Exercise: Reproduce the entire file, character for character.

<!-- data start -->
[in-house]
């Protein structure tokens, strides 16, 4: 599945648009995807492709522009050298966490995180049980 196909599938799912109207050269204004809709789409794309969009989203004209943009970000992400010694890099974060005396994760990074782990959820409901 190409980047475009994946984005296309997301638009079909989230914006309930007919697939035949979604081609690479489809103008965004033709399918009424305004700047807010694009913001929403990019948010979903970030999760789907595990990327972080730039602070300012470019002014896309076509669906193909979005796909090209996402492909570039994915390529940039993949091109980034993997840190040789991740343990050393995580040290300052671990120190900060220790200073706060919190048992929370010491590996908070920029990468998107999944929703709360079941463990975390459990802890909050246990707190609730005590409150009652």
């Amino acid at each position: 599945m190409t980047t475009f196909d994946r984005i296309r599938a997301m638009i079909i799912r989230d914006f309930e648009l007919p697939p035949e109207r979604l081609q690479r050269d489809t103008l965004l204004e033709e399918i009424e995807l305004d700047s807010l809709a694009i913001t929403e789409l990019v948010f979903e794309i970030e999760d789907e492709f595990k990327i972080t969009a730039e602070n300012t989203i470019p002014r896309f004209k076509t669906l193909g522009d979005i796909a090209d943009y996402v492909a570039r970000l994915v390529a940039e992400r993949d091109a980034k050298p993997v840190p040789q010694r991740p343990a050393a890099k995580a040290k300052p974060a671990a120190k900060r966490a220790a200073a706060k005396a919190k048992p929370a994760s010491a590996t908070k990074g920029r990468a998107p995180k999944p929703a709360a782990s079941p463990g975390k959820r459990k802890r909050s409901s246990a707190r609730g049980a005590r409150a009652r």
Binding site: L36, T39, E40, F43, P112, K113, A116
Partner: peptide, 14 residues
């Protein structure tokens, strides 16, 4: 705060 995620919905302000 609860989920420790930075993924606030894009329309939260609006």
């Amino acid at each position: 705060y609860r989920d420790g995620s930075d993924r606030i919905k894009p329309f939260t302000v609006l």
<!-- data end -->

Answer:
[in-house]
């Protein structure tokens, strides 16, 4: 599945648009995807492709522009050298966490995180049980 196909599938799912109207050269204004809709789409794309969009989203004209943009970000992400010694890099974060005396994760990074782990959820409901 190409980047475009994946984005296309997301638009079909989230914006309930007919697939035949979604081609690479489809103008965004033709399918009424305004700047807010694009913001929403990019948010979903970030999760789907595990990327972080730039602070300012470019002014896309076509669906193909979005796909090209996402492909570039994915390529940039993949091109980034993997840190040789991740343990050393995580040290300052671990120190900060220790200073706060919190048992929370010491590996908070920029990468998107999944929703709360079941463990975390459990802890909050246990707190609730005590409150009652």
């Amino acid at each position: 599945m190409t980047t475009f196909d994946r984005i296309r599938a997301m638009i079909i799912r989230d914006f309930e648009l007919p697939p035949e109207r979604l081609q690479r050269d489809t103008l965004l204004e033709e399918i009424e995807l305004d700047s807010l809709a694009i913001t929403e789409l990019v948010f979903e794309i970030e999760d789907e492709f595990k990327i972080t969009a730039e602070n300012t989203i470019p002014r896309f004209k076509t669906l193909g522009d979005i796909a090209d943009y996402v492909a570039r970000l994915v390529a940039e992400r993949d091109a980034k050298p993997v840190p040789q010694r991740p343990a050393a890099k995580a040290k300052p974060a671990a120190k900060r966490a220790a200073a706060k005396a919190k048992p929370a994760s010491a590996t908070k990074g920029r990468a998107p995180k999944p929703a709360a782990s079941p463990g975390k959820r459990k802890r909050s409901s246990a707190r609730g049980a005590r409150a009652r």
Binding site: L36, T39, E40, F43, P112, K113, A116
Partner: peptide, 14 residues
């Protein structure tokens, strides 16, 4: 705060 995620919905302000 609860989920420790930075993924606030894009329309939260609006």
């Amino acid at each position: 705060y609860r989920d420790g995620s930075d993924r606030i919905k894009p329309f939260t302000v609006l």